After a great night's sleep in an unforgettably hospitable gite, we tucked into the usual breakfast, but this time our host sang a lusty pilgrim song to us, a specific blessing from her gite to the day's travellers.
We loved the satirical pilgrim postcards on sale - like the one of pilgrims dozing in a field with the caption - Deep Meditation.
The heavy early morning mist hung low as we started out but we welcomed the cool getaway and were happy the sun didn't appear until 11 am. Much of the terrain was easy underfoot today but we are only too aware of not getting blasé - we meet people in almost every gite who are nursing injuries, the latest being a big strong guy from Melbourne who slipped inside a shop and now has a serious ankle injury.
We are getting used to the way all of the towns or villages we have stayed in are either perched high up a steep hillside or lying low in a valley. This means that we always have a steep ascent or descent at either end of the day's walk. When you're full of energy in the mornings, this doesn't pose too much of a problem, but it's another matter at the end of the day when you're hot & tired. It's been around 98% humidity the last couple of days and we're needing to drink around 3 litres of water per day. It never ceases to astound us, with the cumulative effects of long distance walking, as to how the body regenerates itself overnight. You can go to bed utterly exhausted thinking that you'll never be able to do it all again the next day, but you can and you do.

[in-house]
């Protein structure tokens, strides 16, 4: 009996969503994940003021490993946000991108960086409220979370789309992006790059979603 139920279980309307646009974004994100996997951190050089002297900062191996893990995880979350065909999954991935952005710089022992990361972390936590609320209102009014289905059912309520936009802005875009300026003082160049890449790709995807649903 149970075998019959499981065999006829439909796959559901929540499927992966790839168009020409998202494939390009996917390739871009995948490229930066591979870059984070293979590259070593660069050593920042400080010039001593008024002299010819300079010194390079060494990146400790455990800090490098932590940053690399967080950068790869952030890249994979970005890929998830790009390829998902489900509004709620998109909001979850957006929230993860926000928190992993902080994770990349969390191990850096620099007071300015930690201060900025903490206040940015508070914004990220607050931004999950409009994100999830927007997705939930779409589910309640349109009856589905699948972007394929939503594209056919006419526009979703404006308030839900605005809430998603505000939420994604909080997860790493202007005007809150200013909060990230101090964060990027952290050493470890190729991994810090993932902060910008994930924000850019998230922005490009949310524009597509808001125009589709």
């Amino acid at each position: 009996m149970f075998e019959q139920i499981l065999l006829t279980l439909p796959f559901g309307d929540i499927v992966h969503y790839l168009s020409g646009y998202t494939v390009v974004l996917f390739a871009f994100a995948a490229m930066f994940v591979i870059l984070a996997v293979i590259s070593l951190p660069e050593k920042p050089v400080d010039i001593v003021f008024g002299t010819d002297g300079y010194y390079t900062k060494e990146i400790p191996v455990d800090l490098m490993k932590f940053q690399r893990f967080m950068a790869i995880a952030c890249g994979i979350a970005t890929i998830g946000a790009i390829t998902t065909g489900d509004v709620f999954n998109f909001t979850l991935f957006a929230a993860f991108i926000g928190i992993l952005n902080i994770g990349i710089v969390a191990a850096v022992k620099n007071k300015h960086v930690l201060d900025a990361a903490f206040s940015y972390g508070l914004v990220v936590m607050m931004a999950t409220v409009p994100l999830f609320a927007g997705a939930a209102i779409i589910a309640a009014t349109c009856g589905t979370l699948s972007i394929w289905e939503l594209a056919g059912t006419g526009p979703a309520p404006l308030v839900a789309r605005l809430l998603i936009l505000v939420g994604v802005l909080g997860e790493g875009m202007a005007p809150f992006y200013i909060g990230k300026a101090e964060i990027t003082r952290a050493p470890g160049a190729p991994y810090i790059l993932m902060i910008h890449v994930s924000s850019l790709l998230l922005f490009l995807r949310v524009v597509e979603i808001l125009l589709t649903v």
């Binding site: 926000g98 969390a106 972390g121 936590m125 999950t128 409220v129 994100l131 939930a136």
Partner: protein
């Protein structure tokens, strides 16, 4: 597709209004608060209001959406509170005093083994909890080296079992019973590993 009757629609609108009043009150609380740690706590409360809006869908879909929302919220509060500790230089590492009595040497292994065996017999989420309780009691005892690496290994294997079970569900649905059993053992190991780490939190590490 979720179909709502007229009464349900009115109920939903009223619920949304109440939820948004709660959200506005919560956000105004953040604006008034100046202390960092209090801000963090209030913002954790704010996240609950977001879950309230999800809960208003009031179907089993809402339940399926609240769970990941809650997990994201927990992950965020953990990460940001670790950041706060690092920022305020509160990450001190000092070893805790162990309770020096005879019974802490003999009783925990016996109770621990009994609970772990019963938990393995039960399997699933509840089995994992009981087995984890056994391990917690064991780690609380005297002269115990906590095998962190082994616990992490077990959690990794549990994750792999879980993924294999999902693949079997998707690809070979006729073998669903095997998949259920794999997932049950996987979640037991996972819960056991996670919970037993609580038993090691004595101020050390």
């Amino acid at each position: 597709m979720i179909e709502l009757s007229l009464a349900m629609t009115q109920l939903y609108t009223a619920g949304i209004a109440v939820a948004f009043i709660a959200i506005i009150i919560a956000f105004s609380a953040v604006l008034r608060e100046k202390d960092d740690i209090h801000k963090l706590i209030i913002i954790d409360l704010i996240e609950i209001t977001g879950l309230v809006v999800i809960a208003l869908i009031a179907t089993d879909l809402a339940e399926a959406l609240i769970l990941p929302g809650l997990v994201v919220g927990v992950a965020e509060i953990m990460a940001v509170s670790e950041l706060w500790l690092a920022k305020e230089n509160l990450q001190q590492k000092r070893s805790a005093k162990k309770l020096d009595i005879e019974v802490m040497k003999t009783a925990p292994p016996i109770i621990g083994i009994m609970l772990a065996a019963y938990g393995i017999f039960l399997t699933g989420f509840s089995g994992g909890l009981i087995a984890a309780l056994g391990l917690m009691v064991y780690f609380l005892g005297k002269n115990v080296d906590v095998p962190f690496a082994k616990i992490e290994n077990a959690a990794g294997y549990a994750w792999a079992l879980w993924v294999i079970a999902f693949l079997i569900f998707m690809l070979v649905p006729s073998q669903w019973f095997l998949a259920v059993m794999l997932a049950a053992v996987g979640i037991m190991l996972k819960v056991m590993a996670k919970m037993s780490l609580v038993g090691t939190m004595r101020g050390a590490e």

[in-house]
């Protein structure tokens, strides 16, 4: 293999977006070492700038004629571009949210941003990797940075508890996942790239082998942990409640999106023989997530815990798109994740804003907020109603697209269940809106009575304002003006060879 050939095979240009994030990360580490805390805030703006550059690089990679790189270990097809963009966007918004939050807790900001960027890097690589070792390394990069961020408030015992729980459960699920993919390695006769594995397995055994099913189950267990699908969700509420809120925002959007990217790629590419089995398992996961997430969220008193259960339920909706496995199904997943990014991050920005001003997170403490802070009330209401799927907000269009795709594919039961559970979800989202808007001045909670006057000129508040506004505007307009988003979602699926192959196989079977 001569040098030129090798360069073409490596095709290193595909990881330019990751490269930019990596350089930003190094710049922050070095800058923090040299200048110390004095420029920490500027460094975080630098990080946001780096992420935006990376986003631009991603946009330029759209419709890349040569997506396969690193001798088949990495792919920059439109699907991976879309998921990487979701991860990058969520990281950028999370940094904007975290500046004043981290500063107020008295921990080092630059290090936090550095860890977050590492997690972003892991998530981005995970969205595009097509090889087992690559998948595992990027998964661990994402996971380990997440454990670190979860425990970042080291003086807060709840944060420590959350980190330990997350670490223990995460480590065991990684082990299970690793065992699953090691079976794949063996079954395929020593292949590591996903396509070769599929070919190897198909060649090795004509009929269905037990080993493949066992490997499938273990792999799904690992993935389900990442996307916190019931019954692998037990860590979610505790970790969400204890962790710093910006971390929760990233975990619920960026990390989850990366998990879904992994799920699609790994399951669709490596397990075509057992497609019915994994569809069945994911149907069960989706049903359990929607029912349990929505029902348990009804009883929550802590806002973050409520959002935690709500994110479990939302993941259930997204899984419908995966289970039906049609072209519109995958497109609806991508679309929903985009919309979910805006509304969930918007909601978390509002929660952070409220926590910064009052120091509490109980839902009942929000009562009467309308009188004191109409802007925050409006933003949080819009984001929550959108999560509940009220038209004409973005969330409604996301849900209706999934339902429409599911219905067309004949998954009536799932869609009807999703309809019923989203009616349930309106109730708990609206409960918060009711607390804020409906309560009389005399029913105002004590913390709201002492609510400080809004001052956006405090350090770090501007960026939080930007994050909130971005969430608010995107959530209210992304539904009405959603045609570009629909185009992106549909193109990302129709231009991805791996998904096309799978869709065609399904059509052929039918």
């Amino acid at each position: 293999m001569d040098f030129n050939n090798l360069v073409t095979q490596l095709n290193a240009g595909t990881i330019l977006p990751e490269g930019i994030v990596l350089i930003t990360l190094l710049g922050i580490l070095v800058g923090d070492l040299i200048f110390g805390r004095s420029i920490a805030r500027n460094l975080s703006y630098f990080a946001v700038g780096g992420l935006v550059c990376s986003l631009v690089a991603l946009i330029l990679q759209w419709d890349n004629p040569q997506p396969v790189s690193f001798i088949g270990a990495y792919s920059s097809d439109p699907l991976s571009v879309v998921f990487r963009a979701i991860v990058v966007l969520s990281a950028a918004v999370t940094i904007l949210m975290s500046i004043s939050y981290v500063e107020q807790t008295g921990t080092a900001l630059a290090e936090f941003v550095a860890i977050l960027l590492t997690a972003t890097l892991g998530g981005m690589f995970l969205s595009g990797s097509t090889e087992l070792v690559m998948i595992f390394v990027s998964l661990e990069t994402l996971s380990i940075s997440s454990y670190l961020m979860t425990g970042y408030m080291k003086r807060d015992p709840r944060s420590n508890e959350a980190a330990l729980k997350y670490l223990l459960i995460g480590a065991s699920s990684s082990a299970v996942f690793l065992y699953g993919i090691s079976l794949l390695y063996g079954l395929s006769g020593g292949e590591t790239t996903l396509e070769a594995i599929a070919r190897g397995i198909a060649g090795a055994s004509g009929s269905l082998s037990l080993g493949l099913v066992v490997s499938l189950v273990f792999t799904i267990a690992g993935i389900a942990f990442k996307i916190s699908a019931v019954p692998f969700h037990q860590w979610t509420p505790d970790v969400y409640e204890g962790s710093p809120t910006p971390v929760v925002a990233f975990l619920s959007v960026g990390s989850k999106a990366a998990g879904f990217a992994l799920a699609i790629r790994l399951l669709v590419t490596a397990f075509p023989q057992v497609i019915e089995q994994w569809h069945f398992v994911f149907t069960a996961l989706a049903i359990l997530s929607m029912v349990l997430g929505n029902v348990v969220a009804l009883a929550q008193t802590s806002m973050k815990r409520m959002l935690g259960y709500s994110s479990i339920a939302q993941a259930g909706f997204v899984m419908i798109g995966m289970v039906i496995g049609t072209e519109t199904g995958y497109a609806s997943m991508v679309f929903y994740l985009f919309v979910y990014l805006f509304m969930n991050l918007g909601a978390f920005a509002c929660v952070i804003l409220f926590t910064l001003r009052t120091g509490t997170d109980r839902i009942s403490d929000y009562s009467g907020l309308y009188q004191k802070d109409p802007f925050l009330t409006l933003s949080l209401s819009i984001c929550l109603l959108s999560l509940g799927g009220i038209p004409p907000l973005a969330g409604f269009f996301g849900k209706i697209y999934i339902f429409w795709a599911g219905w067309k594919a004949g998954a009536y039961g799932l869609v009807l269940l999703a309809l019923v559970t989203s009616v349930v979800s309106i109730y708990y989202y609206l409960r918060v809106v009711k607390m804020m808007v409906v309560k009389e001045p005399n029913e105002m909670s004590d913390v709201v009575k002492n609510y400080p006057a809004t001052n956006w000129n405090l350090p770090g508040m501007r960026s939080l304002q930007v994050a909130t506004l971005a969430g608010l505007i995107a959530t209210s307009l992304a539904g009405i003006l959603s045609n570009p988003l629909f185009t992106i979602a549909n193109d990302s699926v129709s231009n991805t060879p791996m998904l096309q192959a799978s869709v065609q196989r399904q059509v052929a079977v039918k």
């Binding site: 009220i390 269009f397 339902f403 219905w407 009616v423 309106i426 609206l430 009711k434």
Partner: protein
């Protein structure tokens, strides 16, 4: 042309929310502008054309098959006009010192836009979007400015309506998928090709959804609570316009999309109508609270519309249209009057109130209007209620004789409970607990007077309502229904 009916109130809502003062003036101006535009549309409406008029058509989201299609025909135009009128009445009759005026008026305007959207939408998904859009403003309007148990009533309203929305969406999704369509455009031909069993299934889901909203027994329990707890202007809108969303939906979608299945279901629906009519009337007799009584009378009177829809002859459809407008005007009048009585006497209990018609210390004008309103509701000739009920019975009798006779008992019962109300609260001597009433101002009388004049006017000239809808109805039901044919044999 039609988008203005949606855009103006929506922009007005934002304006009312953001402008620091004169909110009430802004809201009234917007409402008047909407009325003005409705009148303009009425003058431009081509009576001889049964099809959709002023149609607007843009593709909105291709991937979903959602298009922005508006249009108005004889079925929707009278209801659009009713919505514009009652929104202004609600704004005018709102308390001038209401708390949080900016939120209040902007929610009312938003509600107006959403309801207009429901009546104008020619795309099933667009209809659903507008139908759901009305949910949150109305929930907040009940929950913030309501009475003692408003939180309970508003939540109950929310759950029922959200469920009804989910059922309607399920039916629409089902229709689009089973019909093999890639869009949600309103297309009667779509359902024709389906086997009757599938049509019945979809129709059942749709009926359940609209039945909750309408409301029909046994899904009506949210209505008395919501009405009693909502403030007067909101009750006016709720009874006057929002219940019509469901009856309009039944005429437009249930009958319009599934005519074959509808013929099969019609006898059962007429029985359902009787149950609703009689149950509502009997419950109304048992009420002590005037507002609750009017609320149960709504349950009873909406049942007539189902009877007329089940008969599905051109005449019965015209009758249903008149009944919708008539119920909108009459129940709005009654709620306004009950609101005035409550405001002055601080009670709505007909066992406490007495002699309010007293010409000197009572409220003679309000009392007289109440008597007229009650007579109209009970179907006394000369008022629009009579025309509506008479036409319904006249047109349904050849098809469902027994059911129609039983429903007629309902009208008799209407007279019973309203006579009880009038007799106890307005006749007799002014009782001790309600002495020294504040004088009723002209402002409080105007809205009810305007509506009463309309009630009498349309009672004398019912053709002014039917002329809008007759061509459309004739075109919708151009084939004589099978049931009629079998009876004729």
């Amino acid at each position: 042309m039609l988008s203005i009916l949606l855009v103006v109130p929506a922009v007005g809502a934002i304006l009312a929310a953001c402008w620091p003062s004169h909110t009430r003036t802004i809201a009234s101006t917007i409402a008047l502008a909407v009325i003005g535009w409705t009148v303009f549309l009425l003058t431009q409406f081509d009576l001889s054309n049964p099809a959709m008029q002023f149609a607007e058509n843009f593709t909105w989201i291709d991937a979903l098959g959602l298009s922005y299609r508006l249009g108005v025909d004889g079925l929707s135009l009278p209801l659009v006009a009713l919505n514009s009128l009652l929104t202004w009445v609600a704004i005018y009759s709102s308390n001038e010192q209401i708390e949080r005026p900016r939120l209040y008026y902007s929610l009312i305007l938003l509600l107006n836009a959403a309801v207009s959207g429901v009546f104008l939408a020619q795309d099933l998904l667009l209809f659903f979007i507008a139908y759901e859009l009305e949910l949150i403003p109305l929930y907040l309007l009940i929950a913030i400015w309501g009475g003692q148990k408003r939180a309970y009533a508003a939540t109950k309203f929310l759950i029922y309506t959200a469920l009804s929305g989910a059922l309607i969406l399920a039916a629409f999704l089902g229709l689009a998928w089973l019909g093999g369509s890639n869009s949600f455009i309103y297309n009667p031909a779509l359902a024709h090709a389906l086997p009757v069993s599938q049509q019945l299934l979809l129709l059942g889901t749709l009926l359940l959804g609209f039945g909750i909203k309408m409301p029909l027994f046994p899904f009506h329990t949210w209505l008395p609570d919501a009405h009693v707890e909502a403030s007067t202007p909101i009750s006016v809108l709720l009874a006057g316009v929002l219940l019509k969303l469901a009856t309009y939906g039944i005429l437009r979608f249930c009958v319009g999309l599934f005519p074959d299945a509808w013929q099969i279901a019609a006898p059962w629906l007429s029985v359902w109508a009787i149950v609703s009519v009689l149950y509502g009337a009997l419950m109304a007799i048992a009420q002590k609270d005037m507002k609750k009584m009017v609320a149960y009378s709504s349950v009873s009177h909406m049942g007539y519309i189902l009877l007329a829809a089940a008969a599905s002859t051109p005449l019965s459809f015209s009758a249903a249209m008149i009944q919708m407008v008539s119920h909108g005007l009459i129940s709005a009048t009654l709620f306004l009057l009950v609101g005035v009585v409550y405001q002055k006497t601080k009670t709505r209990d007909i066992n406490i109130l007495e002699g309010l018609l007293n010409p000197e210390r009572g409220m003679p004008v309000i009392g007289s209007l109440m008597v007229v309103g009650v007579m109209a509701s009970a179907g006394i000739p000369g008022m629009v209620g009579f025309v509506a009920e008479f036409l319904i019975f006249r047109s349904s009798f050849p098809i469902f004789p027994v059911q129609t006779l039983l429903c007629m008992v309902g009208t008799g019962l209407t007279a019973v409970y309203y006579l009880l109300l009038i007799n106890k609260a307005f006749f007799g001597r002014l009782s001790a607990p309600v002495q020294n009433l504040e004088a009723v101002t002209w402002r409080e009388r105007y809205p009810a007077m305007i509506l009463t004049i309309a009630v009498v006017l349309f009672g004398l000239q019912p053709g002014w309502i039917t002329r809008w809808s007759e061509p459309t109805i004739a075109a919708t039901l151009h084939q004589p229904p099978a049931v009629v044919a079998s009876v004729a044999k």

The dominant fragrance today was hay drying in the sun and for sound it was of raucously croaking frogs from the numerous ponds.
We love the way Caminos are such levellers of people - no-one asks anyone what they do, as back home, where jobs can categorise. No one seems to need that information - we are all fellow travellers - refreshing indeed.
We're quietly amused by a hand gesture that we get in response to where we're from (Wow - you've come such a long way!), or to something tough - the sideways flapping of the hand held at neck height.
It's been a mental challenge to see a sign that says 5 kms to go to your destination only to walk 3 kms and find a sign that says 5 kms to go! We are trying to approach the signage with good humour; as the Camino saying goes, if you just put one foot in front of the other, you'll eventually get to Santiago.
Geoff & Lyn